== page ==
On the surface, Rocket Fizz is a well-stocked candy and soda pop franchise, but for Capitol Hill shop owner Theresa Sindelar it’s a family business.
Sindelar opened Seattle’s first Rocket Fizz on May 25, after a five-month build out at 127 Broadway E., across the street from Sound Transit’s new light rail station.
The ground-floor retail space at the Hollywood Lofts building was a fairly blank slate, Sindelar said. Hollywood Video once had a store there, but shuttered in 2009, making way for redevelopment.
“We looked all over Seattle on scouting trips,” she said. “We really kept coming back to this area.”
Since graduating from college, Sindelar had worked for several advertising agencies. She said she “got the buzz” from helping her brother out with his Rocket Fizz franchises in Lincoln, Nebraska, and Estes Park and Fort Collins, Colorado, and wanted to be her own boss. The siblings grew up in a small town an hour from Omaha, where their parents owned a restaurant.
So far, most of Capitol Hill Rocket Fizz’s business has come from adults looking for gifts for other adults, Sindelar said.
Its selection of 400 types of soda from a cold case or the “Great Wall of Soda” has been popular, with many customers gravitating to the ginger and root beers. Then there are the novelty flavors like ranch dressing, conveniently located next to a buffalo wing soda, said employee Heather W.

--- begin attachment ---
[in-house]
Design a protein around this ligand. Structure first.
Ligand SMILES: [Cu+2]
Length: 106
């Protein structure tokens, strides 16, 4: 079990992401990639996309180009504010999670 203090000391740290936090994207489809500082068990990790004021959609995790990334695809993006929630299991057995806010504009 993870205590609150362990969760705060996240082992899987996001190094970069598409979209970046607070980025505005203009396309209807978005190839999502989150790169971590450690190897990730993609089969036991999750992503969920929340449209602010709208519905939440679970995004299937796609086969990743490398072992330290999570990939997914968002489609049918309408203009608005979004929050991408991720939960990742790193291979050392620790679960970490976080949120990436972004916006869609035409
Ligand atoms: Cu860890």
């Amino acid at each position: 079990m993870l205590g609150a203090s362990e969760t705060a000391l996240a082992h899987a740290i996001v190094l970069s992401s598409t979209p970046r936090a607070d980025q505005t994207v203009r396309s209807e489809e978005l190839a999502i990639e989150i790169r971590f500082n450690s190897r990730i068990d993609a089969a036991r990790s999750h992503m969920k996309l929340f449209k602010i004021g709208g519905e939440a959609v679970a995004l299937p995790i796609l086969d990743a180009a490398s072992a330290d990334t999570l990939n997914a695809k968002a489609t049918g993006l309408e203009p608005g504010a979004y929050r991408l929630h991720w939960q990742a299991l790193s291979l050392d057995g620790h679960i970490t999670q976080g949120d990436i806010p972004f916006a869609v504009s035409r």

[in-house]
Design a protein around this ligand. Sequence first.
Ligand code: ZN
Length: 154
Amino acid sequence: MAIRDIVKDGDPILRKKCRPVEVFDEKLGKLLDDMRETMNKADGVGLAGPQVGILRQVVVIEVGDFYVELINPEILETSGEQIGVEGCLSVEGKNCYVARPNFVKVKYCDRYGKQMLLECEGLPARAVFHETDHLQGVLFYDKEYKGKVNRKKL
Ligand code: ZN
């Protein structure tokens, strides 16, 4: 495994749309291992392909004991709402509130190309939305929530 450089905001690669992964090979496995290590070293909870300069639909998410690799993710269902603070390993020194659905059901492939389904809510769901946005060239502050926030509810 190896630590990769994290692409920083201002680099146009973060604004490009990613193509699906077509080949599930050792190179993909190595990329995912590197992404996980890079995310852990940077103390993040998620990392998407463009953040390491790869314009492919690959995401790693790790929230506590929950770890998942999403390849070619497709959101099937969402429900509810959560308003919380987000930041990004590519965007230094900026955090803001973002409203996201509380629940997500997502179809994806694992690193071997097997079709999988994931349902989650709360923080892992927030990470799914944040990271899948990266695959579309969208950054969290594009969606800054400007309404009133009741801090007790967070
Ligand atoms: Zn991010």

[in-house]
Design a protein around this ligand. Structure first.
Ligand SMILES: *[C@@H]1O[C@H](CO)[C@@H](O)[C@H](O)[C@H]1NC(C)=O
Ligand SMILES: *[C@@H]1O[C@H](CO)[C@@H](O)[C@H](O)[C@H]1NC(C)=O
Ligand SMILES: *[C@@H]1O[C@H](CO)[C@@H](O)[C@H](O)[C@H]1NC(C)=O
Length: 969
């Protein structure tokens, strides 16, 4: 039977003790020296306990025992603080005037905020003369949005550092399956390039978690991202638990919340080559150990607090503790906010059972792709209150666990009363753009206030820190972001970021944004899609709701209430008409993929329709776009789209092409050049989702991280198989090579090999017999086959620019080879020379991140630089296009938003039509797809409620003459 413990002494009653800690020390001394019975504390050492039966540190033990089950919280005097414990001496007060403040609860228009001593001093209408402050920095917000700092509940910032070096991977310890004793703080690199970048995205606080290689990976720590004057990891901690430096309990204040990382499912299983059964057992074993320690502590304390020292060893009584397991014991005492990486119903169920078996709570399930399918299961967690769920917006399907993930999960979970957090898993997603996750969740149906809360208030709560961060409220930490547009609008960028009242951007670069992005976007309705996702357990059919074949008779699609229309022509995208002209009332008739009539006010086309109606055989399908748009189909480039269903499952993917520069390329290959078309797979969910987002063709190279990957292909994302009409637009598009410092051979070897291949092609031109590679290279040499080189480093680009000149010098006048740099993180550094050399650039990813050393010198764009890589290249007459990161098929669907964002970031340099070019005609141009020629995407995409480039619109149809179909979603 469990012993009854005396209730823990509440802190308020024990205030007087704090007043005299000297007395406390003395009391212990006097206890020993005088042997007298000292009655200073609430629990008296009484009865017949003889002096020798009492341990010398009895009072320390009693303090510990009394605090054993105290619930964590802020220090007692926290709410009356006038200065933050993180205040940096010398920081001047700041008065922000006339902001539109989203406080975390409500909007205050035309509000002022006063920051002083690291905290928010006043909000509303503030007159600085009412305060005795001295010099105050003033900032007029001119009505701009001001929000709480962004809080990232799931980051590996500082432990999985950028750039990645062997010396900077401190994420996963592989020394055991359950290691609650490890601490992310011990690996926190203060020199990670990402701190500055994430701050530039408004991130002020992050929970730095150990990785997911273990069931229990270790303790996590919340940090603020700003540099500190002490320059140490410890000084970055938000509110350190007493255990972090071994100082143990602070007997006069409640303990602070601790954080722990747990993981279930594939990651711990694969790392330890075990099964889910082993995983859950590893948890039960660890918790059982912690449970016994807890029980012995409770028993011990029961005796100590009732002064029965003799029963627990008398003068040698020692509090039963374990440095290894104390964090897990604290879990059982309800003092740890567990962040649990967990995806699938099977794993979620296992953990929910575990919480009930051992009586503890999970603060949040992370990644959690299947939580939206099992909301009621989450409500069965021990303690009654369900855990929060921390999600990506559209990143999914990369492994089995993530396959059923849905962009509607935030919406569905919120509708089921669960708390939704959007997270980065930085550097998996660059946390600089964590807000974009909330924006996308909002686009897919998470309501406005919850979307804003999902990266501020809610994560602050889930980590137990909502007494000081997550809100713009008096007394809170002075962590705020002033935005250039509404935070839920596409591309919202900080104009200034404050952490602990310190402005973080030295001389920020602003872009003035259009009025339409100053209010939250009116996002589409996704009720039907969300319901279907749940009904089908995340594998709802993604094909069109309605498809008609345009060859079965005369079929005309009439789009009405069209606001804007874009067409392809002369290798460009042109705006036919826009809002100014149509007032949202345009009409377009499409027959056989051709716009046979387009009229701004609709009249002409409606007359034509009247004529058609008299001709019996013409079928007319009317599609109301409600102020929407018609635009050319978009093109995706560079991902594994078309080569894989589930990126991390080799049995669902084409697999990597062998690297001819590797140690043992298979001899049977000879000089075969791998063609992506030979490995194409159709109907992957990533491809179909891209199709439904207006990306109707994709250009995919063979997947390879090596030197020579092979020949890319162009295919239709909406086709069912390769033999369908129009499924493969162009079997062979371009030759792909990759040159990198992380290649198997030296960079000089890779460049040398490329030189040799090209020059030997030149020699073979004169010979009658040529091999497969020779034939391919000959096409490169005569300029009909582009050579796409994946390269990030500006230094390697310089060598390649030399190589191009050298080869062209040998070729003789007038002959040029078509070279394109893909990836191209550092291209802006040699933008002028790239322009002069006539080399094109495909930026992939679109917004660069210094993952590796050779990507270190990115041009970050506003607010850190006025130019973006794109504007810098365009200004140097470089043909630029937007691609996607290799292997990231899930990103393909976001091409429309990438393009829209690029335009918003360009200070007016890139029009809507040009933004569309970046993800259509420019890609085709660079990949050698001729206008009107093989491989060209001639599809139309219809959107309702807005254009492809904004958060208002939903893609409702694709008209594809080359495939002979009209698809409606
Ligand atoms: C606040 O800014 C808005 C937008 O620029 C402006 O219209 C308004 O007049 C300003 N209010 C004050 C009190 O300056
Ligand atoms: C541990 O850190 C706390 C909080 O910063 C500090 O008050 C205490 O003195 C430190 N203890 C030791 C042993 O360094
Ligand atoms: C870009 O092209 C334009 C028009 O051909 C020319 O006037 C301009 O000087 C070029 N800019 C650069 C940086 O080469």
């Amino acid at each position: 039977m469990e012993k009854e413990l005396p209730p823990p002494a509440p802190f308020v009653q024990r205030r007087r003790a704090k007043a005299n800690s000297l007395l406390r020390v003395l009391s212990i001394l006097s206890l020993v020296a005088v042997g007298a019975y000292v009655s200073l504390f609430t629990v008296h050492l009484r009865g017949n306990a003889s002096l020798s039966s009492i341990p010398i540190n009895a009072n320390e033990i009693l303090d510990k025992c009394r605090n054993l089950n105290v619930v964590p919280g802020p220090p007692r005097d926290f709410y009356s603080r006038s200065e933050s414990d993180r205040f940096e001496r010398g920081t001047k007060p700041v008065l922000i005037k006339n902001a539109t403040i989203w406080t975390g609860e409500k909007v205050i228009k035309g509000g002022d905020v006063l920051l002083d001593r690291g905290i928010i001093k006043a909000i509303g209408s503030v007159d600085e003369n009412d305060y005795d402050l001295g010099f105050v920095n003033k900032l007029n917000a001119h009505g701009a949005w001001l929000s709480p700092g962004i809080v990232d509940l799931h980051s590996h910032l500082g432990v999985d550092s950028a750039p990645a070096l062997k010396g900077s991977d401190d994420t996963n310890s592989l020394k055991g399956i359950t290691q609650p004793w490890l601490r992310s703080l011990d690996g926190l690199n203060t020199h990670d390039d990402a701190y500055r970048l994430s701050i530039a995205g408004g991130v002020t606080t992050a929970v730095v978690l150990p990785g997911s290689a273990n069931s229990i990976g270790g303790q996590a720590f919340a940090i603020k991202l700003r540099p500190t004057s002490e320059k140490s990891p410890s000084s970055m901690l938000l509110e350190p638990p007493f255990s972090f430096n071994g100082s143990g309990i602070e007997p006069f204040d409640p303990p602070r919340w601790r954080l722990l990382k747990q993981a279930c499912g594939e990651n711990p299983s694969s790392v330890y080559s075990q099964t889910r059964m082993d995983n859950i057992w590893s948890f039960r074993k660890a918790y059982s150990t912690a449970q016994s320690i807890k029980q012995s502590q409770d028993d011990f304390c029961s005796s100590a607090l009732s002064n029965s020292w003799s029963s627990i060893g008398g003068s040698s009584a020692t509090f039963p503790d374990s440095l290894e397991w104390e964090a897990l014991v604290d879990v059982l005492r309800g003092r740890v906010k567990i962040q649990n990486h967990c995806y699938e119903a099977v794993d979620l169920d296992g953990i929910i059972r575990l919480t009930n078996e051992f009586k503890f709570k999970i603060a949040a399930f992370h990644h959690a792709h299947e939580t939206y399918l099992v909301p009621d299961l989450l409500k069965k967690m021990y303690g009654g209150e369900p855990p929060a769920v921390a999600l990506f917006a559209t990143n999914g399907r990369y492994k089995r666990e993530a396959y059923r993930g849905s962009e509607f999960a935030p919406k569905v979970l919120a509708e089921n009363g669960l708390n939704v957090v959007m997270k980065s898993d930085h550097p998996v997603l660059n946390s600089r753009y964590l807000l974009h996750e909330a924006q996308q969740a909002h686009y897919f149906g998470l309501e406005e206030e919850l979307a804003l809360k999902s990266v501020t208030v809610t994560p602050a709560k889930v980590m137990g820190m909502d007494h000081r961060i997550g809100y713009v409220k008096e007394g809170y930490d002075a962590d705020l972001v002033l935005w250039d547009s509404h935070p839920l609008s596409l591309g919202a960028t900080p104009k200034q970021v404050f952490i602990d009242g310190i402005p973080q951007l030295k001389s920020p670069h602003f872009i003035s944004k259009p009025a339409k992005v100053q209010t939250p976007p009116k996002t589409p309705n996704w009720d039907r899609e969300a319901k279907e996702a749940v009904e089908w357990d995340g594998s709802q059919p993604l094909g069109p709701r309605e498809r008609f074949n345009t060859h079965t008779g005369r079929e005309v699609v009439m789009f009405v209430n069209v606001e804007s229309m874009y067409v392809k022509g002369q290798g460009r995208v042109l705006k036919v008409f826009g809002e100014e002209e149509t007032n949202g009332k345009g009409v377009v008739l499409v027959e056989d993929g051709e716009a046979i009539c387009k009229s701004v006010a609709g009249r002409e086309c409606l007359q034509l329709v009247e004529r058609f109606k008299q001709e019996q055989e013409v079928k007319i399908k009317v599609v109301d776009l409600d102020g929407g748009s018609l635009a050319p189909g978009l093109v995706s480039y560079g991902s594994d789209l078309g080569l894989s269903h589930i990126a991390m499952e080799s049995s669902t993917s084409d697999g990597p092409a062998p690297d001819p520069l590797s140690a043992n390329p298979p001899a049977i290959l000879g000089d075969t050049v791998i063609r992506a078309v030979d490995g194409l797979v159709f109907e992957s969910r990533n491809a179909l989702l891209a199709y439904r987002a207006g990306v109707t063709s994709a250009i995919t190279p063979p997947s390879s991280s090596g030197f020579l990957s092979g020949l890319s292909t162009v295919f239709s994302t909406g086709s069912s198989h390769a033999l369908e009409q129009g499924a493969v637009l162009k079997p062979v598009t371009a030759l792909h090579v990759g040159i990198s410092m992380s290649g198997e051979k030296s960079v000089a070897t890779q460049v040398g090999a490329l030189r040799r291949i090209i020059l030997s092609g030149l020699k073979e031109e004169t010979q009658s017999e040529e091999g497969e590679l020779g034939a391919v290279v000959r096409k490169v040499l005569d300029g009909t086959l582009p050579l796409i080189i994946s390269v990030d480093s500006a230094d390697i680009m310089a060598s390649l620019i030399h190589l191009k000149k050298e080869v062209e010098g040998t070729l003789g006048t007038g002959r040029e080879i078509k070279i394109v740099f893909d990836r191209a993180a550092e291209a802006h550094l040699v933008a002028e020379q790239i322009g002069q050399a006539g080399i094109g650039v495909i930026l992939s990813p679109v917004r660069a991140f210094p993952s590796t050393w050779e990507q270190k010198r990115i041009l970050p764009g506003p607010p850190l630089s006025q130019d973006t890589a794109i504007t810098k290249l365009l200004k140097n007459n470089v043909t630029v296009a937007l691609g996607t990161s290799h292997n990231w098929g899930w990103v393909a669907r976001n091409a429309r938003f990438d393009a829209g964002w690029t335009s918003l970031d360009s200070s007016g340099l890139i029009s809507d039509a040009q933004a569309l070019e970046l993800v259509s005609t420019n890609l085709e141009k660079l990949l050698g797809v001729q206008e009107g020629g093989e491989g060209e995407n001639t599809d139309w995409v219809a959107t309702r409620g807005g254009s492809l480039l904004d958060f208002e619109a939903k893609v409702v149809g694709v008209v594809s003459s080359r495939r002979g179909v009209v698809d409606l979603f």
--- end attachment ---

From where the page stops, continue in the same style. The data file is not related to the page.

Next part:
“Then you get something like dirt soda that actually tastes like dirt,” she said, adding there is also a line of organic sodas and sugar-free candies that are fairly popular.
“I’m lucky to have employees that are very product knowledgeable,” Sindelar said.
As the first Rocket Fizz in Seattle, Sindelar said she’s working to stock her store with candies that will appeal to the market, such as international confections and soon a slew of coffee-centric candy.
“We get to do some localization,” she said, “which has been fun the first few weeks.”
There is also a decent amount of quality control, she said, with a row of bulk taffy and other candies against one wall.
“I was going to work myself through the alphabet, but I keep getting stuck on apricot, because it’s so good,” she said, adding a gum wall is coming soon that will be a small-scale nod to the one that exists in Pike Place Market, but less gross.
As the busiest time for Rocket Fizz has been the end of the workday, Sindelar said she bumped up her hours, so the shop is now open until 10 p.m. on weekdays and 11 p.m. on weekends.
Capitol Hill Pride will take place across from Rocket Fizz at the light rail station on Saturday, June 25, so Sindelar plans on opening the double windows to her storefront and putting up a Pride-filled candy display.
She said she will consider other Rocket Fizz locations in Seattle in the future, but for now is focused on growing her business on Broadway.
“We’ll see how this one goes, but yes, that would be a great thing if we could open a second or third one down the road.”
Find out more about Rocket Fizz at rocketfizz.com or the Capitol Hill shop on its Facebook page.